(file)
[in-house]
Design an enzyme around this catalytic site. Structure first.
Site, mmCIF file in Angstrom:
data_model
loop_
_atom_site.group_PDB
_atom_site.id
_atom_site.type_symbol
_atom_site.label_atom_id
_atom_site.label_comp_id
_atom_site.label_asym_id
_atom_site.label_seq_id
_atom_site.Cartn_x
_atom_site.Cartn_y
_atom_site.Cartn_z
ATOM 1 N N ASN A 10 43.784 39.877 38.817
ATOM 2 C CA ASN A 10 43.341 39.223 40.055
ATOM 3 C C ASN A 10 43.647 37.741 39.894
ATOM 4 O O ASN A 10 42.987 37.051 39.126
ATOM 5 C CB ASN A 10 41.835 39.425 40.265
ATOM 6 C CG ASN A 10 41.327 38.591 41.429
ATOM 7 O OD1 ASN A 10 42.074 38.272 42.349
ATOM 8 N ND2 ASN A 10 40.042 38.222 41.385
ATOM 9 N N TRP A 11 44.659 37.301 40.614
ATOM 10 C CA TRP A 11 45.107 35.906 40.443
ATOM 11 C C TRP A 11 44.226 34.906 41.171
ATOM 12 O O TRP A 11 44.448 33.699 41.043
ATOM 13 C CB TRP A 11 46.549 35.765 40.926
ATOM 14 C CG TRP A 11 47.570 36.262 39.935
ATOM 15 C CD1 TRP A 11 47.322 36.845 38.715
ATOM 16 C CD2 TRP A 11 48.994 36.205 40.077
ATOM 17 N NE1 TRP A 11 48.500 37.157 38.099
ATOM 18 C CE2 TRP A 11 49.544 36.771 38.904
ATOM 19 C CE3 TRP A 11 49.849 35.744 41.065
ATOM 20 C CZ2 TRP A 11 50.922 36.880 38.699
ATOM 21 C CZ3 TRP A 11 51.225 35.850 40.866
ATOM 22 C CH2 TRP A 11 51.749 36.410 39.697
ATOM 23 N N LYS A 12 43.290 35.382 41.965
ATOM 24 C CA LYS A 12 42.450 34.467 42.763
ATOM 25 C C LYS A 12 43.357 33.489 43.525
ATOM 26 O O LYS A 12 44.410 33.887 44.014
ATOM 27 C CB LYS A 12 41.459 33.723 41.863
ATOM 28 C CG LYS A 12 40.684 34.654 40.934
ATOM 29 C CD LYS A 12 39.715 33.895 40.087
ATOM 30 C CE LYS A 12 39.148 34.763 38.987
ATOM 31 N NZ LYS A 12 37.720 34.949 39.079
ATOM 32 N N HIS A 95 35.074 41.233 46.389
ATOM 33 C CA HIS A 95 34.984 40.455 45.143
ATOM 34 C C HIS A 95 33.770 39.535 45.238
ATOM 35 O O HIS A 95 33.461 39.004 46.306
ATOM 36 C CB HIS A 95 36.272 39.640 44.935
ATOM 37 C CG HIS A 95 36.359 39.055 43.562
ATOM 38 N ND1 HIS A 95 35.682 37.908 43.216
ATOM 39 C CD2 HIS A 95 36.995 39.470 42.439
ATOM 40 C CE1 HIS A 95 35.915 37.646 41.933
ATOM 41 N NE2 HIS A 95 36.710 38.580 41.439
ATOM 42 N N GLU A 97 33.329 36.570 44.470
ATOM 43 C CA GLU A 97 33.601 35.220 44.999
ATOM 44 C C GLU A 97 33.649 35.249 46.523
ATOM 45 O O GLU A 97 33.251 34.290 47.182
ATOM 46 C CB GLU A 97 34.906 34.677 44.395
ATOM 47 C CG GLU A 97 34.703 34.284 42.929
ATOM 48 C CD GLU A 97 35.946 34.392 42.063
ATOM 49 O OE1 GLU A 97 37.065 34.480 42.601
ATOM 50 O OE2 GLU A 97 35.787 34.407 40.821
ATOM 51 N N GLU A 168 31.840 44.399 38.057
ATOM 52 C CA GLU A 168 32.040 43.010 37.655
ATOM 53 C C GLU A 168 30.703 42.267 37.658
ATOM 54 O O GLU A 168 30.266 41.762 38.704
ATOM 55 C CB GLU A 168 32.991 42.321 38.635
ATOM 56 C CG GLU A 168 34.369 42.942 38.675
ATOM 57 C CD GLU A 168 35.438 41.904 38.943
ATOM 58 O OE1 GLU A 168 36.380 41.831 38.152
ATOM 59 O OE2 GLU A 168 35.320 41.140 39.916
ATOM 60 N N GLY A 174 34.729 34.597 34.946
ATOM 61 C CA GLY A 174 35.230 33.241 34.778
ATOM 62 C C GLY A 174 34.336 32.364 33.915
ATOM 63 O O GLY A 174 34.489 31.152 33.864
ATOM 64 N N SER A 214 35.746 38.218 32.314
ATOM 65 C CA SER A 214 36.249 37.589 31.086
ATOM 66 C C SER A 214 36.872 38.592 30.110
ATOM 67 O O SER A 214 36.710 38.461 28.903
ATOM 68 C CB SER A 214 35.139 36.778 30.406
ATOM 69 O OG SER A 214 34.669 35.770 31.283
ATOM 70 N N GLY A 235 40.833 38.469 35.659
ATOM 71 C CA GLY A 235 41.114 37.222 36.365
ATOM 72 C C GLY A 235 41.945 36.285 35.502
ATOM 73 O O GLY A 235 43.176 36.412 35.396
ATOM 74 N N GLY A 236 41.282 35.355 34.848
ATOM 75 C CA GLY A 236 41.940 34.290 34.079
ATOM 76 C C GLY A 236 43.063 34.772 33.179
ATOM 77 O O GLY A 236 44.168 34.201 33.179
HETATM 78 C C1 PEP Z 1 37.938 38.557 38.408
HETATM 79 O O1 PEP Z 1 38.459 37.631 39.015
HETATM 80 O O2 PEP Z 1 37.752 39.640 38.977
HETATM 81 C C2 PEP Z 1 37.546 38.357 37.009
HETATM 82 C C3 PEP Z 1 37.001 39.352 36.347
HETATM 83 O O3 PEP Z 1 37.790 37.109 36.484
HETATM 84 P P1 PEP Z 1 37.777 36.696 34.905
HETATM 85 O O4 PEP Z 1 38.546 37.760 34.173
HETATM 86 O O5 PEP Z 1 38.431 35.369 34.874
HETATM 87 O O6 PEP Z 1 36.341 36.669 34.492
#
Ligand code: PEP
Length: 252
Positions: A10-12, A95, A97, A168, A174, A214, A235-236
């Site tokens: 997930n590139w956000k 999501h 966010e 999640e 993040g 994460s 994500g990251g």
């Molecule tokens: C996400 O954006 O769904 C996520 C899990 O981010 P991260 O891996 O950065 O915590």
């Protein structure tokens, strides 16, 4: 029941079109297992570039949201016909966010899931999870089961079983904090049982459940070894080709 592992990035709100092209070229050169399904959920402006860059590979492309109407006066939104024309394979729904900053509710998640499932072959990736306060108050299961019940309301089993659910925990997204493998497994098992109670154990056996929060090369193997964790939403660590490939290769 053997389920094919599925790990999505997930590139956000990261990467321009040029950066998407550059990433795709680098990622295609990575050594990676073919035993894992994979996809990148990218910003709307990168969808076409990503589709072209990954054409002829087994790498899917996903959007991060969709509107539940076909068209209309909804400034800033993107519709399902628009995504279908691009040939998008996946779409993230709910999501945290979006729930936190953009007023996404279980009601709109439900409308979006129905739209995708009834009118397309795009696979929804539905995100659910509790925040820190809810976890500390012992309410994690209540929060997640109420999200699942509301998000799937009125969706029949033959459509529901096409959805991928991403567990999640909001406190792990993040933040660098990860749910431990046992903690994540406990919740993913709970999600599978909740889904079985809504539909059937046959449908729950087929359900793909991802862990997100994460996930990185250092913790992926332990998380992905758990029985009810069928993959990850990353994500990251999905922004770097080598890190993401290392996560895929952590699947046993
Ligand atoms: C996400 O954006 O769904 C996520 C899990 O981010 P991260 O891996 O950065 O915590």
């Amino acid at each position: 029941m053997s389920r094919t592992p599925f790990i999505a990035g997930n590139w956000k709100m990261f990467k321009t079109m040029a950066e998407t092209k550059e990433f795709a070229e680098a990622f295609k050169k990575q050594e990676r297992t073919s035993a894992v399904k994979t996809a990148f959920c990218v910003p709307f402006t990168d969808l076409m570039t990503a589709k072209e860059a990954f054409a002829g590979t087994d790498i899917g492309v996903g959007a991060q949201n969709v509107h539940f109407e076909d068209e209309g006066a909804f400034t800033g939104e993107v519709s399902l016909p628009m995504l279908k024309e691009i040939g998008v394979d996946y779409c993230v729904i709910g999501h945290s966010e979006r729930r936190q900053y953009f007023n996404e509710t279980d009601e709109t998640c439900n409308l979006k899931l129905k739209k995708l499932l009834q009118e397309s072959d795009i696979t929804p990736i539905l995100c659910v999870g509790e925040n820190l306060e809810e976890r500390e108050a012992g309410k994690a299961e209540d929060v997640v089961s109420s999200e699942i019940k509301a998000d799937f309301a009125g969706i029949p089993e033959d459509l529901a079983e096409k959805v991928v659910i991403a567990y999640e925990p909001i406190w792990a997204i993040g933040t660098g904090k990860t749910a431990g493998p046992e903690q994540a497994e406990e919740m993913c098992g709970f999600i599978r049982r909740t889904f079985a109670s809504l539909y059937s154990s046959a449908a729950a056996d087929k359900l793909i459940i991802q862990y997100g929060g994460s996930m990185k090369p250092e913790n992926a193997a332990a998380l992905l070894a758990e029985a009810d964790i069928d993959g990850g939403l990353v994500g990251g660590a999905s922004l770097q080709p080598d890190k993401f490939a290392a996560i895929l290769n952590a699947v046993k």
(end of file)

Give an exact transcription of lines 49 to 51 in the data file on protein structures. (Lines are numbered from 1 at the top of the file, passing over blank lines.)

ATOM 34 C C HIS A 95 33.770 39.535 45.238
ATOM 35 O O HIS A 95 33.461 39.004 46.306
ATOM 36 C CB HIS A 95 36.272 39.640 44.935